Perhaps this is where Willett’s madness has method as Nina Power reports on Facebook (24/4) that behind its new pay-wall The Times on-line reports private companies ready to run failing universities and colleges as HEFCE will no longer be allowed to bail them out. Unprofitable courses will then be scrapped and running costs drastically reduced as vice-chancellors and principals pay private providers to take control ‘under contracts lasting ten years or more’.
These developments will redraw the binary line, only higher up the system since – in a drastic resolution of the arts-science divide – funding from 2012 will be increasingly restricted over four years only to the STEM subjects of Science Technology Engineering and Medicine, leaving Arts and Humanities to wealthy overseas students and others seriously rich enough to pay for them at surviving campus universities and reduced Russells. As the Campaign for a Public University said in its submission to the House of Commons Select Committee on Business Innovation and Skills, ‘a new divide in education will emerge, with universities increasingly responsible for creating a division within the middle class by distinguishing an upper layer from other, lower middle-class positions’.
Despite the inevitable impending closures and mergers, at most universities an air of unreality clings to the so-called community of scholars. Many academics in the ‘good universities’ seem to believe they can carry on regardless, while most in the ‘bad’ are so ground down they can’t afford to look far ahead. All therefore continue with ‘discourse as usual’ – writing papers, attending conferences and meetings, marking and teaching while applying for research funding there is no chance of getting, without noticing the pointlessness of so much continued frenetic activity as inordinate hopes are invested in the assurances of vice chancellors that all will be well if we all ‘keep calm and carry on’. It won’t be!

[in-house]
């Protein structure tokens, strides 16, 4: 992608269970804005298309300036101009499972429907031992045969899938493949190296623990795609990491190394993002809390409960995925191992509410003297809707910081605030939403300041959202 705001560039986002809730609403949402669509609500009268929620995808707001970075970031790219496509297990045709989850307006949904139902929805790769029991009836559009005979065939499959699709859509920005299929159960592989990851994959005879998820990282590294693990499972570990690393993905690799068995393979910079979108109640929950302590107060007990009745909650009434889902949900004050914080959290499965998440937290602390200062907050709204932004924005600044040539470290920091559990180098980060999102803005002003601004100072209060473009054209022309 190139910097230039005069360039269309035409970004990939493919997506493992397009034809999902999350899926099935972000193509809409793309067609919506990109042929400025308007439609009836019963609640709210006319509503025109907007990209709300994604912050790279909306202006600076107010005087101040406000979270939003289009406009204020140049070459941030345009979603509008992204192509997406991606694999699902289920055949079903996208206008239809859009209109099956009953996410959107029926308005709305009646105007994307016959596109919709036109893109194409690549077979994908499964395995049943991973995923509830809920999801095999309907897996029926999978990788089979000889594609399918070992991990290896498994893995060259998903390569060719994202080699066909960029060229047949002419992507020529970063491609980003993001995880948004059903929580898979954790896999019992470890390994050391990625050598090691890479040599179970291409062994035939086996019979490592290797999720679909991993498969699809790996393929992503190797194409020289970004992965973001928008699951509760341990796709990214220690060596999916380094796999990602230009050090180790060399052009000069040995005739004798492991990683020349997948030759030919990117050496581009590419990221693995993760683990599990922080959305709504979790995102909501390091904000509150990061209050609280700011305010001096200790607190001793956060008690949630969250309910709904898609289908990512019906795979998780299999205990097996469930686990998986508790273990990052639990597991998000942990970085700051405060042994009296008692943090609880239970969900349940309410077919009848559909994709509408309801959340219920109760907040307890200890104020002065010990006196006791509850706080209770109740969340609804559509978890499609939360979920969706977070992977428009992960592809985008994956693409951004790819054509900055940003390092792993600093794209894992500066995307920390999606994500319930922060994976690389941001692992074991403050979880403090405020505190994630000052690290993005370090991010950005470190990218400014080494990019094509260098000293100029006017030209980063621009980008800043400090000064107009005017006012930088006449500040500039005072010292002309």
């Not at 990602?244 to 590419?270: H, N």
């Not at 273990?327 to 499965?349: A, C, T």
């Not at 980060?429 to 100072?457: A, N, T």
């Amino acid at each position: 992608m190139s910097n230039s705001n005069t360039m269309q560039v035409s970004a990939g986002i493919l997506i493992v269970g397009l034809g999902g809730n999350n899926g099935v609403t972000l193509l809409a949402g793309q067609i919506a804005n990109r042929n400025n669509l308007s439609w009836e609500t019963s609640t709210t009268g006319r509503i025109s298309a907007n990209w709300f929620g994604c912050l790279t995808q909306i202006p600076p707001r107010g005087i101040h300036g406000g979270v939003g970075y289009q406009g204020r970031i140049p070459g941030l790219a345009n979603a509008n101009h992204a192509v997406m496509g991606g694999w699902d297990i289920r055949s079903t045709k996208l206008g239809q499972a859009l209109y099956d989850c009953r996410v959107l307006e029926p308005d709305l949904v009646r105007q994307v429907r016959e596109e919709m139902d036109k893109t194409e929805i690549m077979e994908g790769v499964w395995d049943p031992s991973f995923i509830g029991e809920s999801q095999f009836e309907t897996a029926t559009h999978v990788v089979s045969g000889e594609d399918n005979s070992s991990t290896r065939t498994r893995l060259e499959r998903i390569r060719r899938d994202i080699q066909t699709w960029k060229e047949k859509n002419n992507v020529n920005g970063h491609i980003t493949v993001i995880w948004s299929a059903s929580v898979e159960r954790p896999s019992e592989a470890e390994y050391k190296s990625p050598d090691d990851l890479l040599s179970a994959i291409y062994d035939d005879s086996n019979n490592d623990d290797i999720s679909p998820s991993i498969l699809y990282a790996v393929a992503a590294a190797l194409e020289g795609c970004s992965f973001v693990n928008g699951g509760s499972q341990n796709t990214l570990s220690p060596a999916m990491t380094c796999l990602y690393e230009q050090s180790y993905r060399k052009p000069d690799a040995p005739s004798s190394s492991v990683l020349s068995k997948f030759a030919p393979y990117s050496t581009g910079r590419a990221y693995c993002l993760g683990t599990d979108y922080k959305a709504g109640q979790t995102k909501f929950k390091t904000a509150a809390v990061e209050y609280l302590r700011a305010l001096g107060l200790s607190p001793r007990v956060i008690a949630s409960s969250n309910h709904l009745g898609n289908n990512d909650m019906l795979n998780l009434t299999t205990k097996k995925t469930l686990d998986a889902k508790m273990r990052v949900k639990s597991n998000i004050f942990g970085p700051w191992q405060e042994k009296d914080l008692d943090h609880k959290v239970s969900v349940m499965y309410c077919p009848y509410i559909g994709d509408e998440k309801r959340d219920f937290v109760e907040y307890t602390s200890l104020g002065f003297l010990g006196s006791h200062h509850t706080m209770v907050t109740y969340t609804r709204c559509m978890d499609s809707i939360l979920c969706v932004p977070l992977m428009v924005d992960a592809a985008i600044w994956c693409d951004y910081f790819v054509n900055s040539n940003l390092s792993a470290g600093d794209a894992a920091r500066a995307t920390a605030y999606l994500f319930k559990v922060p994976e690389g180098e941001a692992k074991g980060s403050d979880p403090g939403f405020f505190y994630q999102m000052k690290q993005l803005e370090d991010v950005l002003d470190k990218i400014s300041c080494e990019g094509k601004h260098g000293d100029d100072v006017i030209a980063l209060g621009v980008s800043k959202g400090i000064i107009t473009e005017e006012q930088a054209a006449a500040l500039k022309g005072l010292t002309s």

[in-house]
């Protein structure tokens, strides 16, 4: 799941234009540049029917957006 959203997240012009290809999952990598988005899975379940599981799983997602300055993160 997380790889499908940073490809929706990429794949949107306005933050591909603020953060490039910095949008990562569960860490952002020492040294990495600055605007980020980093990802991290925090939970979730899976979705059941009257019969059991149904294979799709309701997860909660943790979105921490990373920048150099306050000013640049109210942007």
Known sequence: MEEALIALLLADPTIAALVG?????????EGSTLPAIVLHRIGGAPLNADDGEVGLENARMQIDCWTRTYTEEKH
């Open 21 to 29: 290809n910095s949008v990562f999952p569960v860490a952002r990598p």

Clearly, the Tories have the view that too many working-class kids have got into higher education. So, as I have written before, ‘The government’s reception of the Browne Review in the context of the Comprehensive Spending Review, soon to be codified in the White Paper, marks the end, not only of higher education as it has developed since the war but – more broadly – of the whole effort [from the official introduction of comprehensive schools in 1965 on] to reform society through education.’ Now education from primary to post-graduate schools is returned to its post-war purpose of keeping society as it is, not trying to change it.
The worst case is if parents and young people buy into this fantasy – paying more for the empty qualifications that a privatised system will sell them. However, what else are school leavers expected to do? The answer to this question remains the strongest argument against raising fees, scrapping EMAs and for returning to free post-compulsory education for all.